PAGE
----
Blood results

Blood results

Just wondering if anyone can help me? Had these done just before Christmas.

Serum vitamin B12 152 (170-300)

Ferritin 10 (15-300)

Folate 1.7 (3-23)

I've had my loading doses, last one in between Christmas and New year. Taking 400um folic acid and ferrous Sulfate tabs. I felt 'okay' athe the beginning, now though, my stomach back to how it was (bloating etc) , memory problems never really went away and now the pins and needles are back. IF tested normal, coeliac also normal. I've got all my (evidence) downloads printed off ready for Tuesday morning appt. I'm wondering if I have a good case to ask for injections monthly? The memory problems are the worst, not remembering the name of everyday objects when in conversation -so frustrating! Thanks for reading.

8 Replies

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  • Hi Greenbexy. Here goes:

    RCDW: above reference range: shows a mix of microcytic (small red blood cells) and macrocytic (large red blood cells). Indicative of iron, B12, folate deficency. Can also indicate in inflammatory conditions.

    MCV & MCH: both above reference range. Macrocytic anaemia associated with B12 / folate deficiency. Sometimes with hypothyroidism to.

    RBC below range and Haemocrit low in range: indicative of B12 / folate deficiency - also of iron deficency anaemia. Can also be associated with inflammatory disease.

    Haemaglobin levels with normal range but together with the low RBC - indicates too few RBC's. This is called normocytic anaemia - indicates a mix of microcytic and macrocytic anaemia (confirmed by your other blood results). Causes: iron deficiency anaemia, B12 / folate deficiency. It can also be cause by Vitamin B 2 and Vitamin B6 deficiency.

    Haemocrit: at the bottom of the reference range: iron deficency anaemia.

    Platelets: also above the reference range: indicative of iron deficiency anaemia (can also be indicative if inflammatory conditions).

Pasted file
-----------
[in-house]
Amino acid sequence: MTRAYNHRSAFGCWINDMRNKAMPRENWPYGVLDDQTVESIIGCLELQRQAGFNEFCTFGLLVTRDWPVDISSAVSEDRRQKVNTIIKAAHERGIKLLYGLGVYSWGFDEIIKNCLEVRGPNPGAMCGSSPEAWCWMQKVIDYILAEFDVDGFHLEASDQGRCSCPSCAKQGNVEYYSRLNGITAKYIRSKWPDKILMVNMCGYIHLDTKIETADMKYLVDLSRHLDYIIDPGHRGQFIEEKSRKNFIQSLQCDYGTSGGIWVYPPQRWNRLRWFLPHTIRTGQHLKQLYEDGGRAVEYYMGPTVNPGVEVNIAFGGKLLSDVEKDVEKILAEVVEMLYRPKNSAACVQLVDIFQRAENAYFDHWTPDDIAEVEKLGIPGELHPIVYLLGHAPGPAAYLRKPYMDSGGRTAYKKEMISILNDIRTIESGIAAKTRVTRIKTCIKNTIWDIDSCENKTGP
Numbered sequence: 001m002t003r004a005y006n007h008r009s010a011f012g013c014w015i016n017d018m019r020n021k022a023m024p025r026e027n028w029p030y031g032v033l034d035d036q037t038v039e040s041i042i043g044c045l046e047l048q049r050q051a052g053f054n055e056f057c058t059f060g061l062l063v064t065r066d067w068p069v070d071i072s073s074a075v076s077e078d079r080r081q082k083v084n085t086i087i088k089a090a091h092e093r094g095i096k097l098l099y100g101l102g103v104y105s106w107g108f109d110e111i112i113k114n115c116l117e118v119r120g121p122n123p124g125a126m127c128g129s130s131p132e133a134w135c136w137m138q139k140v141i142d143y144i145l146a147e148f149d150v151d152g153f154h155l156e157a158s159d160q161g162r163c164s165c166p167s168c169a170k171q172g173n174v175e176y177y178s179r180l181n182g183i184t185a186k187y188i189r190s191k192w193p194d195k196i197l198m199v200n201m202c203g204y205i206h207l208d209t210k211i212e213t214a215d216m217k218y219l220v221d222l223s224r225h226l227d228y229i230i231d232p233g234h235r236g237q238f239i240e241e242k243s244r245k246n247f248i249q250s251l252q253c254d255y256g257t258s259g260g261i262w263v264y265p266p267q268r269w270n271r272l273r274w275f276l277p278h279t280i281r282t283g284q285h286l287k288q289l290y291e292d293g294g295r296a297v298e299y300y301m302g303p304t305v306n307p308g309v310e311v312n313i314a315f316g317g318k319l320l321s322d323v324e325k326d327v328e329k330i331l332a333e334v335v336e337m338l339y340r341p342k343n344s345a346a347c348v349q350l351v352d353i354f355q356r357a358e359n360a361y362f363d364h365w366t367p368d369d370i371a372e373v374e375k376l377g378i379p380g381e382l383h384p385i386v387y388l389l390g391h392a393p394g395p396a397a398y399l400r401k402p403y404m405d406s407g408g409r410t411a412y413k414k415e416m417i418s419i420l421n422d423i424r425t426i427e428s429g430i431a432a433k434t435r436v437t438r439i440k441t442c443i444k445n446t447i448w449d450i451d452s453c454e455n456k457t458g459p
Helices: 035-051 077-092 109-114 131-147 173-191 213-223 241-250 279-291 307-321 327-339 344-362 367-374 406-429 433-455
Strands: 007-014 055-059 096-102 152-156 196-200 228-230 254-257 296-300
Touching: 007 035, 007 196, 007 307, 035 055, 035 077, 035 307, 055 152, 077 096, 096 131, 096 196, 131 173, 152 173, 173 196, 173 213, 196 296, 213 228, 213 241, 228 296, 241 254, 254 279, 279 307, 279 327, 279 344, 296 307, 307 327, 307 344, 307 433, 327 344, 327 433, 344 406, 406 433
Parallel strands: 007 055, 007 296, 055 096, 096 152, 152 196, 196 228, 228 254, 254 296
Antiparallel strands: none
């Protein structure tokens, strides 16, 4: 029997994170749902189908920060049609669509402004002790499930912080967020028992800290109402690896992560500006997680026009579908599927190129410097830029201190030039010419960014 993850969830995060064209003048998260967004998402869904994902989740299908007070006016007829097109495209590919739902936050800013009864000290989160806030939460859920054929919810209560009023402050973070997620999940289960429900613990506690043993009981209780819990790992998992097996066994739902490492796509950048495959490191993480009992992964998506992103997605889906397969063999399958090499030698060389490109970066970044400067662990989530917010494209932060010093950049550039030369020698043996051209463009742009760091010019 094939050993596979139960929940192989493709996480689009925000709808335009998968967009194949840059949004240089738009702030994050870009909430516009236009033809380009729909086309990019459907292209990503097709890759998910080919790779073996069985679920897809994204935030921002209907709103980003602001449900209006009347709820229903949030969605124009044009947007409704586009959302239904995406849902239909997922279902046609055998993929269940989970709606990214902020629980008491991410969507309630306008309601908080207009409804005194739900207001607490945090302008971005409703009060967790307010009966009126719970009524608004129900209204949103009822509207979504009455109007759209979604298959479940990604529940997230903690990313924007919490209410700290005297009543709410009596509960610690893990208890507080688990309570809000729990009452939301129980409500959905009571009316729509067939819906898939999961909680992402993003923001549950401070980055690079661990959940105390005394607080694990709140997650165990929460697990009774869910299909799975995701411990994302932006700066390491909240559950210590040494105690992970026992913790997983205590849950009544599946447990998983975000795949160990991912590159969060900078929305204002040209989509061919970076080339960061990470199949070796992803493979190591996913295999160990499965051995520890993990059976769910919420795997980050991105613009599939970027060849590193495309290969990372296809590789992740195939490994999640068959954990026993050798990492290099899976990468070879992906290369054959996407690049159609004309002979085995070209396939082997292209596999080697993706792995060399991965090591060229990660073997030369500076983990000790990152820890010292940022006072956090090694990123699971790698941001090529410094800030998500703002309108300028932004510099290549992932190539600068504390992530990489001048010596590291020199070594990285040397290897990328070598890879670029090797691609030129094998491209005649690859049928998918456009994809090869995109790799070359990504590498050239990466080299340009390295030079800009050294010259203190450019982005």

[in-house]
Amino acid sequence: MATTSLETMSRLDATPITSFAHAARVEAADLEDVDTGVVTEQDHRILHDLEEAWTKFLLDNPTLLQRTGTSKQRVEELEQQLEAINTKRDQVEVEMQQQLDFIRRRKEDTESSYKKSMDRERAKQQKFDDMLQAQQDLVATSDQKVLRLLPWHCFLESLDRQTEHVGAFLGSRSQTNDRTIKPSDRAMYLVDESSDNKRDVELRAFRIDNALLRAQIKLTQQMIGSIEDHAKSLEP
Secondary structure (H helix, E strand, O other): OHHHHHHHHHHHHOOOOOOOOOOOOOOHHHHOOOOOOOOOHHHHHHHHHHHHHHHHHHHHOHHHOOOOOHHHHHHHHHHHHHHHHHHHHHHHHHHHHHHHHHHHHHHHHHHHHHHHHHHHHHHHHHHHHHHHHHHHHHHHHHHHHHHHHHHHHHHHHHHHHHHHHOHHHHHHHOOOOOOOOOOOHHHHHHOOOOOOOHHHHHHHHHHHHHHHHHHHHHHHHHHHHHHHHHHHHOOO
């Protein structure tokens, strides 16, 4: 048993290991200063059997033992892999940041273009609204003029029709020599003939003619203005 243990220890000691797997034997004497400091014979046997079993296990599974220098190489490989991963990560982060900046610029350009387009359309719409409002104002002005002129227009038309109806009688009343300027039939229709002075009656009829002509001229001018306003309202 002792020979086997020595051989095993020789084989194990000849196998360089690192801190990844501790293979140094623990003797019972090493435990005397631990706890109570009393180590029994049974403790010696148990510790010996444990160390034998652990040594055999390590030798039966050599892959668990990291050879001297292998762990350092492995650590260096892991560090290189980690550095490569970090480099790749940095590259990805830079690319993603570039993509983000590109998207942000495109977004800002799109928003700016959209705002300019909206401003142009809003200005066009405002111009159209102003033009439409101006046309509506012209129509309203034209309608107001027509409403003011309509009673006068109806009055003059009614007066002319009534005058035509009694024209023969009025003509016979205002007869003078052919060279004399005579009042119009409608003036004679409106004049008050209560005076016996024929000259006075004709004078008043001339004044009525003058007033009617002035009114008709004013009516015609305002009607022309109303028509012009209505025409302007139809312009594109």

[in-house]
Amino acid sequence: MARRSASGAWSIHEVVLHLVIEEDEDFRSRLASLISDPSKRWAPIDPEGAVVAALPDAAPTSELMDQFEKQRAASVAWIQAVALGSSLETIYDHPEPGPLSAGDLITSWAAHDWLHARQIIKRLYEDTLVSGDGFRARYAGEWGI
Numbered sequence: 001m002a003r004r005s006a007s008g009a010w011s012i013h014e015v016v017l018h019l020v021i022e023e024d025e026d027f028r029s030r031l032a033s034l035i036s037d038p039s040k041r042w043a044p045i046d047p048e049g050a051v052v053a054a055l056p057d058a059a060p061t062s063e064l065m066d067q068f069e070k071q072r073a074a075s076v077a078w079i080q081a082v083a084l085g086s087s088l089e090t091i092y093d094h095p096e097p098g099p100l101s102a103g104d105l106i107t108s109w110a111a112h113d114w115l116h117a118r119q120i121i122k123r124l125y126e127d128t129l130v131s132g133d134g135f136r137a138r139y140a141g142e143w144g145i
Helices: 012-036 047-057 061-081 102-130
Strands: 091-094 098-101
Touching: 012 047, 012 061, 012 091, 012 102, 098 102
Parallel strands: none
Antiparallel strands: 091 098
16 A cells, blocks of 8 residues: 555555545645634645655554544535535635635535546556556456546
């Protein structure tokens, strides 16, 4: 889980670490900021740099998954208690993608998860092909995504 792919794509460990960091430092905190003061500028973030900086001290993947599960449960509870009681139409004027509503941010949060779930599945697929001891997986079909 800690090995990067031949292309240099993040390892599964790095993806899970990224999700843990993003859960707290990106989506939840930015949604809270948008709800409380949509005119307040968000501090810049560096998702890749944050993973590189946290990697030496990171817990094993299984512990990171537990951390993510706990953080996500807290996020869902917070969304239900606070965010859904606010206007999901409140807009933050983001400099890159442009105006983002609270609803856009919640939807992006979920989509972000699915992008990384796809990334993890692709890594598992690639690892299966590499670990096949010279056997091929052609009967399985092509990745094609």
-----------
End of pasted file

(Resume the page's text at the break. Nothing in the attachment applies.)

B12, Folate levels: both well below the reference ranges so looks like severe deficiencies.

    Ferritin level: below reference range - iron deficency anaemia.

    So, overall...Mixed pattern of macrocytic (large red bold cells) and microcytic (small blood cells) and raised RCDW shows a mix of large and small red blood cells so would be in line with this.

    Mixed picture of iron deficiency anaemia, folate deficency, B12 deficiency and perhaps deficient in vitamin B2 and vitamin B6 (but not easy to say - may be 'hidden' by other deficiencies - or may not be present).

    Greenbexy - you must feel very ill indeed with results like these.

    Your GP should have prescribed high dose folic acid and iron supplements.

    Also - and don't know if you are aware - you can still have PA with a negative anti-IF antibody test (a negative result is only 50% accurate).

    Vitamin D could do with checking to - looks like you may have an absorption problem so it's likely that you may be low in vitamin D - again, will make you feel very ill if you are deficient.

    Don't have a great deal of time right now but I've had a quick peek at your previous posts and note that you've always had neurological symtpoms.

    You should be on the intensive neurological regime of B12 injections (after loading doses you should get an injection every other day until no further improvement - for up to two years (see BNF treatment regimes in the first link).